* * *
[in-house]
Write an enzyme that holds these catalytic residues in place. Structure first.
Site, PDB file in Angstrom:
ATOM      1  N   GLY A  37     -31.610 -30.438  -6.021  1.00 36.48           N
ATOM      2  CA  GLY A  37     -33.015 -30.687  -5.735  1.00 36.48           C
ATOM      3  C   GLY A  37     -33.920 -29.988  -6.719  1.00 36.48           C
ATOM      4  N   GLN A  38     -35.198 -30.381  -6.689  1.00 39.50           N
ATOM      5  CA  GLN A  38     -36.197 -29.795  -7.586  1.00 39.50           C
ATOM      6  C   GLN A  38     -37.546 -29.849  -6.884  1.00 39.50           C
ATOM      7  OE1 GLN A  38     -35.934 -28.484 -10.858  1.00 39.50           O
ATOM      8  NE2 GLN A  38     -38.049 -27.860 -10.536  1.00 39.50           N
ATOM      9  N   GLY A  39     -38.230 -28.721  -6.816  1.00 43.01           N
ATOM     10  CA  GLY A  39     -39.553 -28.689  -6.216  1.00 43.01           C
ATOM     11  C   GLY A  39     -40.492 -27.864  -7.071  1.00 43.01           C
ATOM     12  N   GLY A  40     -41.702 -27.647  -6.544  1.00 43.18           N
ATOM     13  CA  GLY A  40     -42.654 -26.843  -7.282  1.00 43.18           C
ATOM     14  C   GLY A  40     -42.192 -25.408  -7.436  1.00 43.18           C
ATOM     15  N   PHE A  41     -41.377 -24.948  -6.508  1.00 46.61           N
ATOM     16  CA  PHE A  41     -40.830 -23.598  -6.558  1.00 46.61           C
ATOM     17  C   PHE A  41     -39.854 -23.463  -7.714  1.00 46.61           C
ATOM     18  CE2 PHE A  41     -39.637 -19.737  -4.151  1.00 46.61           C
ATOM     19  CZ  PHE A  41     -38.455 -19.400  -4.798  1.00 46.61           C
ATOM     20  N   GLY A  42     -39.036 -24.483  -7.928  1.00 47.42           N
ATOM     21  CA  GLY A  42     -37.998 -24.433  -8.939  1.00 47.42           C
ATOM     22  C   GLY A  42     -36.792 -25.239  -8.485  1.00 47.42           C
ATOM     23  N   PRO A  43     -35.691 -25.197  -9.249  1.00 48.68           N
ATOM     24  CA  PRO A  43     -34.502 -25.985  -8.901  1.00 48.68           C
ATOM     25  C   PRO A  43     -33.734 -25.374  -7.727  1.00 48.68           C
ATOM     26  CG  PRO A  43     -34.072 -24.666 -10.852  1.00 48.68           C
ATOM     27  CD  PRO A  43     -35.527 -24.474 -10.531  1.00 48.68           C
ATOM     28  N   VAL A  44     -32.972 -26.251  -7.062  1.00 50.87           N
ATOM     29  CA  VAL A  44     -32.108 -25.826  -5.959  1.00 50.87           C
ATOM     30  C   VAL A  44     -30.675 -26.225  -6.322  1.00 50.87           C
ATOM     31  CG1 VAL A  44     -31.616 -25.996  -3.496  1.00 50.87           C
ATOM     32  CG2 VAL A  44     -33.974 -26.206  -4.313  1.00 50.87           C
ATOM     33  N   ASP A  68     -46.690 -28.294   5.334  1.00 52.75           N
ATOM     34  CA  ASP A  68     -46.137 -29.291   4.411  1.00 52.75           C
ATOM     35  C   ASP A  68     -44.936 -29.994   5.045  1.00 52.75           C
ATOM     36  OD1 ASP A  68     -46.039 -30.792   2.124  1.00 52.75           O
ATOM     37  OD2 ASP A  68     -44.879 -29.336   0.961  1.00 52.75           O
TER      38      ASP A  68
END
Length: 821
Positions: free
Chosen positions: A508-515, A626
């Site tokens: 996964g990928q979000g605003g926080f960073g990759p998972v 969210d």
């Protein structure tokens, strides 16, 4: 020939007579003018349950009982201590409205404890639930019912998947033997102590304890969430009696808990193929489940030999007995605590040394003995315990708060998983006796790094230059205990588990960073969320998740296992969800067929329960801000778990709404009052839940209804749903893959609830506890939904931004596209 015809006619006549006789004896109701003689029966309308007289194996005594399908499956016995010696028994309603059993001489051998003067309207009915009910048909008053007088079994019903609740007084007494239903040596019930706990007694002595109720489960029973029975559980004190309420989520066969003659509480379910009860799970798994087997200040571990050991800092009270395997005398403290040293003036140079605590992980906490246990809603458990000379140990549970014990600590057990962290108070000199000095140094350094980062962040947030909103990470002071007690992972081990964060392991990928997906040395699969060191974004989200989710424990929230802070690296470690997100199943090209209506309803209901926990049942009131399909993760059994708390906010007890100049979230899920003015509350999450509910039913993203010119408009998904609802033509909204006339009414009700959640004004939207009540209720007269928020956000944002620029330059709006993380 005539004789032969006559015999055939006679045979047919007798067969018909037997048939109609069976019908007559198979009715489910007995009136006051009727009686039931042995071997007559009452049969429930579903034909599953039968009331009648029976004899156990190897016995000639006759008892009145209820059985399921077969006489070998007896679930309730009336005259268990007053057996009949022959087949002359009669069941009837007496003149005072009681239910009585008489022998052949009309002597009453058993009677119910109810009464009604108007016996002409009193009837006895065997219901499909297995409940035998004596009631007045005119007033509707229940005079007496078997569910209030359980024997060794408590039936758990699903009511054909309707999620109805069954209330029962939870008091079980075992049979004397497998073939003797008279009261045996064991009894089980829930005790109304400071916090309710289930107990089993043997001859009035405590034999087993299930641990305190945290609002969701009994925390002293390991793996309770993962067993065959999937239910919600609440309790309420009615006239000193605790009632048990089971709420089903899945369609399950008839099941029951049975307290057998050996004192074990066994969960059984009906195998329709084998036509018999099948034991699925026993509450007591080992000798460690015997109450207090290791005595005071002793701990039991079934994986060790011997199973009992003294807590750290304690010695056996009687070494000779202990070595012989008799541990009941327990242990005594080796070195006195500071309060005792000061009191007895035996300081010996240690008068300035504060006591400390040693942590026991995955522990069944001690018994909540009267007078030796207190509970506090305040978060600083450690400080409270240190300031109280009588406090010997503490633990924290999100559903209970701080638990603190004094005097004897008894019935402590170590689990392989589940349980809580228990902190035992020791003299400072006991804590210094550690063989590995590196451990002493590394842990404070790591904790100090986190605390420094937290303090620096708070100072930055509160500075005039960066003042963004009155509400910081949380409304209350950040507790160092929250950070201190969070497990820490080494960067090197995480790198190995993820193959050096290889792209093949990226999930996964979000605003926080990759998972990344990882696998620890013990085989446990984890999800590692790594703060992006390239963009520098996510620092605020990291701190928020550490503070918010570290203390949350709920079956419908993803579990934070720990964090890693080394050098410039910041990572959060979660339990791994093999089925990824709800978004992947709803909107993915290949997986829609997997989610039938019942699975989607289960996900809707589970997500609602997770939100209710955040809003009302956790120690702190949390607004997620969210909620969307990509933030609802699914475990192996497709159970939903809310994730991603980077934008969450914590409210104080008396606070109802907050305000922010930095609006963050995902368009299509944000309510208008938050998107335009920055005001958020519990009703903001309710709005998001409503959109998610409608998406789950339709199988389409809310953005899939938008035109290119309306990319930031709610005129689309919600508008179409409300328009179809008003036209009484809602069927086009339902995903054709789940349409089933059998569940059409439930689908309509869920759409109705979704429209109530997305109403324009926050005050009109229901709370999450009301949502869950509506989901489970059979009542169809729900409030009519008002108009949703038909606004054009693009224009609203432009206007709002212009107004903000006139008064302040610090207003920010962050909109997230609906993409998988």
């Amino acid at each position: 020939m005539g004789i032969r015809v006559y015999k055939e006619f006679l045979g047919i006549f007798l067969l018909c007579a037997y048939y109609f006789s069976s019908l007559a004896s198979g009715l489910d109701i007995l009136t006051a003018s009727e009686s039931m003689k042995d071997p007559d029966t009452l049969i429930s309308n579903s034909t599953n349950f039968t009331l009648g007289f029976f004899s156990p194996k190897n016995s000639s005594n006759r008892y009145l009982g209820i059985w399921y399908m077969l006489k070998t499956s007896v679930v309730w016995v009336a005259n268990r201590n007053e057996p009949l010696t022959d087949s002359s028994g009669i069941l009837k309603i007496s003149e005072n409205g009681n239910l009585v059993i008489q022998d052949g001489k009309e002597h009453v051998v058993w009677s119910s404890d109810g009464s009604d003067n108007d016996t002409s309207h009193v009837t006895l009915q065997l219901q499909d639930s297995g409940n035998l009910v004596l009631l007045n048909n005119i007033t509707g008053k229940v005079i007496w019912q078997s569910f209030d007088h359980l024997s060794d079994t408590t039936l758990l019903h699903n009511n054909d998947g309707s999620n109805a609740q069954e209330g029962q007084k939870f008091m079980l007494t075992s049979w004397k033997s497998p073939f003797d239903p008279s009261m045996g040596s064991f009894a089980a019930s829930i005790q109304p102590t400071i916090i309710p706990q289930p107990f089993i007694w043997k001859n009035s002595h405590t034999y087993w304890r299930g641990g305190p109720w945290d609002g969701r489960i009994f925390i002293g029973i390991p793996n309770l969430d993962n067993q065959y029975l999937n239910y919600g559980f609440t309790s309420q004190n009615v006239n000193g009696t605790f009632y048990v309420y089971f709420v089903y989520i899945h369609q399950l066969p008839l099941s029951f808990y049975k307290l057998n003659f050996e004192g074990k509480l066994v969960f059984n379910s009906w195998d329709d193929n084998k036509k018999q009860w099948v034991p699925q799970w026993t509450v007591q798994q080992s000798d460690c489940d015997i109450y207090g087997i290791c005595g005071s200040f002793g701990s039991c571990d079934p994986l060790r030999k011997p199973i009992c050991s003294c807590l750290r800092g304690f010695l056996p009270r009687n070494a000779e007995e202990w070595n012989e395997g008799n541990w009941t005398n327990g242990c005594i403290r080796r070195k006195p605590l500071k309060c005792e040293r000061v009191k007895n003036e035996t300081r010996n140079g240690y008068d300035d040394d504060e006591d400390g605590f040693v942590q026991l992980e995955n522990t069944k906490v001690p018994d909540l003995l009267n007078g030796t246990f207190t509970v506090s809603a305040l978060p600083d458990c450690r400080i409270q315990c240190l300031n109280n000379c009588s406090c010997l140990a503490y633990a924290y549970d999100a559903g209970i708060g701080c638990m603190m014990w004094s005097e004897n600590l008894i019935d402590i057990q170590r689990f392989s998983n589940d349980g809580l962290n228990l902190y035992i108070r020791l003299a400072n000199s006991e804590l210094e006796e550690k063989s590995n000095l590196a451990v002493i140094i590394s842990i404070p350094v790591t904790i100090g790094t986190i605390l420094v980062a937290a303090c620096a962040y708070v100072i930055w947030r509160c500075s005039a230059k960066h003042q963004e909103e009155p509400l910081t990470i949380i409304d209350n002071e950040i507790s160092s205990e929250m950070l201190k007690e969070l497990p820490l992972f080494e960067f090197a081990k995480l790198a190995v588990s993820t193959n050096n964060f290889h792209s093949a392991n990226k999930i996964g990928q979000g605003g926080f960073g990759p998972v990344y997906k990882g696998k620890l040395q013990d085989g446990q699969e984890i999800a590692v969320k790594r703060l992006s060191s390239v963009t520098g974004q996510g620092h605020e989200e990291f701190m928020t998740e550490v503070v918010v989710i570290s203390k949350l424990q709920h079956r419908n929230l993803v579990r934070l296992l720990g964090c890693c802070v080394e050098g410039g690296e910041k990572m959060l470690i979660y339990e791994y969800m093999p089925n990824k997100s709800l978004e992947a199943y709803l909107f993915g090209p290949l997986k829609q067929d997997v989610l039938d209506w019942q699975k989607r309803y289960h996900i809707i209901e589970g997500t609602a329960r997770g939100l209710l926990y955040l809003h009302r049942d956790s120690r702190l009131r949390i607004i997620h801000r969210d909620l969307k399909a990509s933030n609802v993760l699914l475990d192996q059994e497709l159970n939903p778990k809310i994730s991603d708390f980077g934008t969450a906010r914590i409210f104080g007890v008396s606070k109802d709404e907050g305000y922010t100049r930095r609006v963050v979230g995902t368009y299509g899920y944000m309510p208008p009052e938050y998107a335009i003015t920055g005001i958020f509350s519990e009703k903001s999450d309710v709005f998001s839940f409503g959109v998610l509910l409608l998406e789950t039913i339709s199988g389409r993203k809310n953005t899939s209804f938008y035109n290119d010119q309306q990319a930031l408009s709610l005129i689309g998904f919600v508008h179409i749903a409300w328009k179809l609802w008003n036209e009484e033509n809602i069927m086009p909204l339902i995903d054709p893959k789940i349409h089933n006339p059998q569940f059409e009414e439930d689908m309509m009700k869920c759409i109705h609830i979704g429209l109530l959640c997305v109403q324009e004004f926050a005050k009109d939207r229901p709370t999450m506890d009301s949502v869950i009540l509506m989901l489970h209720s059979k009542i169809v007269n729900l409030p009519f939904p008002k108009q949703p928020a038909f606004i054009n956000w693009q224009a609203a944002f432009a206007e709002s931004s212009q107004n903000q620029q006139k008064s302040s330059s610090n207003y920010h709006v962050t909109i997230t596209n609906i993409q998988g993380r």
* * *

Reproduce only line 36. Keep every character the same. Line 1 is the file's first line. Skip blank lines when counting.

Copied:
ATOM     33  N   ASP A  68     -46.690 -28.294   5.334  1.00 52.75           N